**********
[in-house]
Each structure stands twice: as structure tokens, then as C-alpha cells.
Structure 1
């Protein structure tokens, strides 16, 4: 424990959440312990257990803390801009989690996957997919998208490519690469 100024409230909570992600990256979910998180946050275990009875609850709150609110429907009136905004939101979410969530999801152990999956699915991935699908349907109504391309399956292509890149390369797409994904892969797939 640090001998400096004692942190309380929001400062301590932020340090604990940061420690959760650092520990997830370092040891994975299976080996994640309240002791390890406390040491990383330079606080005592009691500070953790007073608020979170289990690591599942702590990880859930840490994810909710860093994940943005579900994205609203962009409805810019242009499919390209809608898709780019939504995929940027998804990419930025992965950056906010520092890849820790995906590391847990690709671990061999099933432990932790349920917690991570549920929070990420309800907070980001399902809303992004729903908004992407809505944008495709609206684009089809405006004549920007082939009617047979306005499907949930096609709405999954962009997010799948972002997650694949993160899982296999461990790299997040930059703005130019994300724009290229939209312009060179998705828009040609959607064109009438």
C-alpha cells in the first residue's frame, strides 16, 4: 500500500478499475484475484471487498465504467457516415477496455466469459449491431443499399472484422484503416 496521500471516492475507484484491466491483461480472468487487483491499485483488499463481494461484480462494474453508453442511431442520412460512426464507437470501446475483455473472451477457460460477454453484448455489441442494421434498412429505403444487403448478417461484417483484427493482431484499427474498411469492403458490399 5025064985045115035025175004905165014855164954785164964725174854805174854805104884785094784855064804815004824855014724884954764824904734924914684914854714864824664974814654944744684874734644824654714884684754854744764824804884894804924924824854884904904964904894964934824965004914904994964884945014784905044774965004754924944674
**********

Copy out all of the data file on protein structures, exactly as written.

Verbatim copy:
[in-house]
Each structure stands twice: as structure tokens, then as C-alpha cells.
Structure 1
């Protein structure tokens, strides 16, 4: 424990959440312990257990803390801009989690996957997919998208490519690469 100024409230909570992600990256979910998180946050275990009875609850709150609110429907009136905004939101979410969530999801152990999956699915991935699908349907109504391309399956292509890149390369797409994904892969797939 640090001998400096004692942190309380929001400062301590932020340090604990940061420690959760650092520990997830370092040891994975299976080996994640309240002791390890406390040491990383330079606080005592009691500070953790007073608020979170289990690591599942702590990880859930840490994810909710860093994940943005579900994205609203962009409805810019242009499919390209809608898709780019939504995929940027998804990419930025992965950056906010520092890849820790995906590391847990690709671990061999099933432990932790349920917690991570549920929070990420309800907070980001399902809303992004729903908004992407809505944008495709609206684009089809405006004549920007082939009617047979306005499907949930096609709405999954962009997010799948972002997650694949993160899982296999461990790299997040930059703005130019994300724009290229939209312009060179998705828009040609959607064109009438």
C-alpha cells in the first residue's frame, strides 16, 4: 500500500478499475484475484471487498465504467457516415477496455466469459449491431443499399472484422484503416 496521500471516492475507484484491466491483461480472468487487483491499485483488499463481494461484480462494474453508453442511431442520412460512426464507437470501446475483455473472451477457460460477454453484448455489441442494421434498412429505403444487403448478417461484417483484427493482431484499427474498411469492403458490399 5025064985045115035025175004905165014855164954785164964725174854805174854805104884785094784855064804815004824855014724884954764824904734924914684914854714864824664974814654944744684874734644824654714884684754854744764824804884894804924924824854884904904964904894964934824965004914904994964884945014784905044774965004754924944674